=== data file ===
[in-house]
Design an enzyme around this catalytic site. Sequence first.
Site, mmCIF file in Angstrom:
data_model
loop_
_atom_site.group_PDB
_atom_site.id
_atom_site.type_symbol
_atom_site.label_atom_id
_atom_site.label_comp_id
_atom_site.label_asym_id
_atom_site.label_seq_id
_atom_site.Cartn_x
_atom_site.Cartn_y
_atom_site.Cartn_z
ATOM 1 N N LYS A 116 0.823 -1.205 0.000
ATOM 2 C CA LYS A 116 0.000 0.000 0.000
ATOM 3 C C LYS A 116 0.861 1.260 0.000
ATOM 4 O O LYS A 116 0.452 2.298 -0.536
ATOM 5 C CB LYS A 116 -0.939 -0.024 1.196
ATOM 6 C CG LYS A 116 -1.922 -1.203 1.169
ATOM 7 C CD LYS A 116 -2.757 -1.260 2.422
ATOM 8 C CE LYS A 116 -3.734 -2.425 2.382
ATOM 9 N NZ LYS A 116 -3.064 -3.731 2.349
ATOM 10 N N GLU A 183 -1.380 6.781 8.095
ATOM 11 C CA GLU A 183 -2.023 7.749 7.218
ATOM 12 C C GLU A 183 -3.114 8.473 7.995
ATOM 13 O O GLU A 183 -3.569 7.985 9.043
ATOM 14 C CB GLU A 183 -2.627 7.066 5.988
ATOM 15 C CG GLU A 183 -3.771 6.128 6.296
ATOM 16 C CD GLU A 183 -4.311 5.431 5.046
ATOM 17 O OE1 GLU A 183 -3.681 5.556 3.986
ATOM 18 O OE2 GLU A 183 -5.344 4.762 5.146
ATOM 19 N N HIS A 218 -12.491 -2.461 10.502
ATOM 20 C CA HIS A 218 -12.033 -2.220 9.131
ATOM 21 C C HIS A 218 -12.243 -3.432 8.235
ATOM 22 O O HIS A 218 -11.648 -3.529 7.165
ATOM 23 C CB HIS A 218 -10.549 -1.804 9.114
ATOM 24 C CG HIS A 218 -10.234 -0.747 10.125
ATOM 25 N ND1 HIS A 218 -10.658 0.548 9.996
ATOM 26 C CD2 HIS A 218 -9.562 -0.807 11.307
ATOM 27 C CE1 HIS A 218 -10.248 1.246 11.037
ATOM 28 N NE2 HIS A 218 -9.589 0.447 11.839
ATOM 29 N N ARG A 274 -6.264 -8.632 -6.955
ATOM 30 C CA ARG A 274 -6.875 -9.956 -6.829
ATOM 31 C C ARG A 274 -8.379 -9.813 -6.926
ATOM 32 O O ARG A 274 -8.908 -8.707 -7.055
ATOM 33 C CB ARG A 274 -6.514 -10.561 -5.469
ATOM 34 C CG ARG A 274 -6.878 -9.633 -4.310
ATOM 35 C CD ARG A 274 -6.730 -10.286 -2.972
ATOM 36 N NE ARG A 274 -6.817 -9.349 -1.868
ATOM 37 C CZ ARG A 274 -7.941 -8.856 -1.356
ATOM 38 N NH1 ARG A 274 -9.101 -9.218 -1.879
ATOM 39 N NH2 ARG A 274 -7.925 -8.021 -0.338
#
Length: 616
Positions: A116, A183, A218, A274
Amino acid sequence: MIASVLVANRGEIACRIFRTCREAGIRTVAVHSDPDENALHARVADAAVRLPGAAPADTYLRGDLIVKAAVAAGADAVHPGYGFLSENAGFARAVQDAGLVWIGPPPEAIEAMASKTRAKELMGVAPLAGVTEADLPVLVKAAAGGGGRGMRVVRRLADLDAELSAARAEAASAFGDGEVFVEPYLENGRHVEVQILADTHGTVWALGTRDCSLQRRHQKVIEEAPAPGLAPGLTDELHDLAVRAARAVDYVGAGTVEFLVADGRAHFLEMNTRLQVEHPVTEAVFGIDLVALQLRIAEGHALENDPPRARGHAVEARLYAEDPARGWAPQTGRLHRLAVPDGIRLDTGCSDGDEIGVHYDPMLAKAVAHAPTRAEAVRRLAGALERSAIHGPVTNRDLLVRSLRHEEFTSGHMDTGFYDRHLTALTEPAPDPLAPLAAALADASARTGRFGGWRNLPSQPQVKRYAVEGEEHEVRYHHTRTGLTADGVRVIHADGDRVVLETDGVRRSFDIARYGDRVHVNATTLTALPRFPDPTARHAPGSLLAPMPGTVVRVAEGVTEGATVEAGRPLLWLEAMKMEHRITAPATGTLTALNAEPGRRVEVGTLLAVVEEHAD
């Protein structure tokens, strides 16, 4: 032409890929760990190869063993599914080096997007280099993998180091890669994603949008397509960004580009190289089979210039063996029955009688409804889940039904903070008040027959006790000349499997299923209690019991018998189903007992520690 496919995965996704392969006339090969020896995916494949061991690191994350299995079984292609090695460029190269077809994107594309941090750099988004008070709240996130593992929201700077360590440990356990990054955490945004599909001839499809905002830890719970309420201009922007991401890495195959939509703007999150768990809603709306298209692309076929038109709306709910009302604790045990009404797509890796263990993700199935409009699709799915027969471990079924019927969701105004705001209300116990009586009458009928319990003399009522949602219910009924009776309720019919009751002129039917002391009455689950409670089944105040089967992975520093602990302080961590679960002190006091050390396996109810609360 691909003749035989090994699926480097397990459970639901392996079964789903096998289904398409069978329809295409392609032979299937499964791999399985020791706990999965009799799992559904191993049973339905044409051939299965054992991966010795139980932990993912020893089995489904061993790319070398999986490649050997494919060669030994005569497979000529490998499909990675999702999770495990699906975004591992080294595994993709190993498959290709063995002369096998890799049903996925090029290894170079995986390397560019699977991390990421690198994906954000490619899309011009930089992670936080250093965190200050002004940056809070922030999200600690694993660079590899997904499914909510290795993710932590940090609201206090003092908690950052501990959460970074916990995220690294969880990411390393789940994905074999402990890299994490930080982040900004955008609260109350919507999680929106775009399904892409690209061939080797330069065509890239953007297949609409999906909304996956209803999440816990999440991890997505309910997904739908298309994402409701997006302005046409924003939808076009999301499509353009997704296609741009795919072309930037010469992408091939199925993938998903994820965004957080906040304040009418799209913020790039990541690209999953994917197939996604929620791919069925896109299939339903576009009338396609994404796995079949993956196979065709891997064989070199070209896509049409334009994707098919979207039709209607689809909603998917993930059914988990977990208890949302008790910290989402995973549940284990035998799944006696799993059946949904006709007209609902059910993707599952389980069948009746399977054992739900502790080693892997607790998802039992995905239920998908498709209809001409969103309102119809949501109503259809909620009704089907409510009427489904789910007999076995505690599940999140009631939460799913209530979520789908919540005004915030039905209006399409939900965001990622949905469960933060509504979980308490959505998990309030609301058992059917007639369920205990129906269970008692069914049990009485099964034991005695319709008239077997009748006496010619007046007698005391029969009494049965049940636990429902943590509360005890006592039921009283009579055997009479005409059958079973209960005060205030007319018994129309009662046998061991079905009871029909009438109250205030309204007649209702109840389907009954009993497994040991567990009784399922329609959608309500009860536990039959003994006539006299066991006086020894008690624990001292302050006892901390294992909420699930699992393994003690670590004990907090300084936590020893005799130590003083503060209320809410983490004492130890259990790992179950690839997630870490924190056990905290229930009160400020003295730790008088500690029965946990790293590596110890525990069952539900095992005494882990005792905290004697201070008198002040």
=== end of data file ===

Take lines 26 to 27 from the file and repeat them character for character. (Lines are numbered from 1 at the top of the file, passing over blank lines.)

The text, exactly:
ATOM 11 C CA GLU A 183 -2.023 7.749 7.218
ATOM 12 C C GLU A 183 -3.114 8.473 7.995